​The ingredients for cupcakes are all pretty much the same: butter, sugar, egg, and flour just like a standard layer cake. Yet what we end up with is a creation. For my birthday, we felt really expansive and made a full-size chocolate cake. We design our cupcakes differently every week, even though we start with a very ordinary cake mix. Sometimes we dip dried or fresh fruit into chocolate. The visual effects are very important, just as they are when Phillip is keeping busy translating my designs into his meticulously crafted needlepoint. In fact, while the cupcakes are baking, he works on his needlepoint.

​As with the needlepoint, there is a therapeutic process at work when we are baking. It involves eye and hand coordination as well as the joy of creation – and a sense of place. Although I still take Phillip to my house and other places (museums, parks, stores, and visits to friends), when we make cupcakes, we are enjoying being together in a consistent way in the place where he lives – his house. I feel that I am truly participating in his daily life with these home visits and learning about his activities, as well as the chores that are required of him. I particularly enjoy getting to know the outstanding staff – Samir Qureshi (the House Manager, who is also an excellent cook) and another member of the staff, Jamie Page, who are both an essential part of our weekly baking activity with their supportive and positive help with the baking.  I am also becoming closer to Phillip’s friends.  Everybody loves eating the cupcakes, so there is plenty of joy to pass around! Because the cupcakes bake quickly, while a tantalizing aroma fills the house, we don’t have to wait long to enjoy them.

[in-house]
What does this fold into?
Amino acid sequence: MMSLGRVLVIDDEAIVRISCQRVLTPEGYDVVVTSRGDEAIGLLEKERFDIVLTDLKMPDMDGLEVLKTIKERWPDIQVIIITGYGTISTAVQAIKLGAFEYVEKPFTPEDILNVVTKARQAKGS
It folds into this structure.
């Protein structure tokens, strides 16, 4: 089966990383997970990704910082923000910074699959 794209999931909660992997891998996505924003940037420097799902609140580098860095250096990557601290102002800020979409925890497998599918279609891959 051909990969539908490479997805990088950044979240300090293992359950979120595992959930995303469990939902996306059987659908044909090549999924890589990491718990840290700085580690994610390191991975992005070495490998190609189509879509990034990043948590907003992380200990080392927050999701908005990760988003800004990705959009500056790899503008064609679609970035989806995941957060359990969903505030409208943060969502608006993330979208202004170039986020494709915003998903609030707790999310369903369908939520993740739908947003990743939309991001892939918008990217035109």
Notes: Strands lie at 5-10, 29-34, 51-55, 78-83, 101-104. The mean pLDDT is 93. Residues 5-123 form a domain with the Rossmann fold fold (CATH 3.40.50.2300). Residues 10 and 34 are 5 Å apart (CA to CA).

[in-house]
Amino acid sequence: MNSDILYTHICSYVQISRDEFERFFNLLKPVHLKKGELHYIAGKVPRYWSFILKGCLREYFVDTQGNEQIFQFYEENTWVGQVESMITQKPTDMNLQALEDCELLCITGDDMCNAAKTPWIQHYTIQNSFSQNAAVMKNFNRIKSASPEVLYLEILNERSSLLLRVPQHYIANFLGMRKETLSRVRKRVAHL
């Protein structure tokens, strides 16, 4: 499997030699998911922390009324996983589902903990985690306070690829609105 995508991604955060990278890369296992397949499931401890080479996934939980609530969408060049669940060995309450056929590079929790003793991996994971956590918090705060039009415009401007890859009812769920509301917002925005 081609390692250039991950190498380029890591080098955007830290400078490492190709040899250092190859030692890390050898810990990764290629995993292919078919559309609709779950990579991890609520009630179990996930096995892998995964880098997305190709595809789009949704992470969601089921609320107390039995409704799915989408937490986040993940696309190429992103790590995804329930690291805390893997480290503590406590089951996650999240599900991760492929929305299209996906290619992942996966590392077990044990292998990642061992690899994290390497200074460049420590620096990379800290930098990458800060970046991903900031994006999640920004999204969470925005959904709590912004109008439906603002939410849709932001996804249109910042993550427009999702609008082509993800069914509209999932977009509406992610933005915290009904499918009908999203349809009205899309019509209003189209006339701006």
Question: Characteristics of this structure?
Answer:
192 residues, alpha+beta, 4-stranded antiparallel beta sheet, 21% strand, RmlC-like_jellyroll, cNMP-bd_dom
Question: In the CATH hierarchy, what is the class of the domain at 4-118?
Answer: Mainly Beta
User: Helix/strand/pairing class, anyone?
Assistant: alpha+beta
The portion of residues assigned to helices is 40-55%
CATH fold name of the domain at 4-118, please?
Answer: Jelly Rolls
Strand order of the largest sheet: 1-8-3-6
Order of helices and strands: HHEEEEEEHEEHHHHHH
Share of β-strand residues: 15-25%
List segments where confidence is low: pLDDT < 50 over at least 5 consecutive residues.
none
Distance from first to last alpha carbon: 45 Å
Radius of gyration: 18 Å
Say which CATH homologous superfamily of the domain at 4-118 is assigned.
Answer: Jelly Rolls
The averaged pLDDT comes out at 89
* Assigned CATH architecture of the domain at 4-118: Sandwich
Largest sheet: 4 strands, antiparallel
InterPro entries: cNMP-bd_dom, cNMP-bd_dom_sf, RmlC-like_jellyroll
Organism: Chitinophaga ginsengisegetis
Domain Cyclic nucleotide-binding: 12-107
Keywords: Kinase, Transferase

​Cupcakes have attracted wide interest today. In fact, cupcake-making has become a competitive “sport.” There are actually “cupcake wars” sponsored by food companies where people vie on television to win big prizes for the “best” cupcake recipe. But Phillip and I, his friends and the supportive staff don’t want to enter our cupcake recipes into showcase competition. We simply love the warmth of making them and sharing them in friendship together.

“In Their Own Words” is a series within the Autism Speaks blog which shares the voices of people who have autism, as well as their loved ones. If you have a story you wish to share about your personal experience with autism, please send it to editors@autismspeaks.org. Autism Speaks reserves the right to edit contributions for space, style and content. Because of the volume of submissions, not all can be published on the site.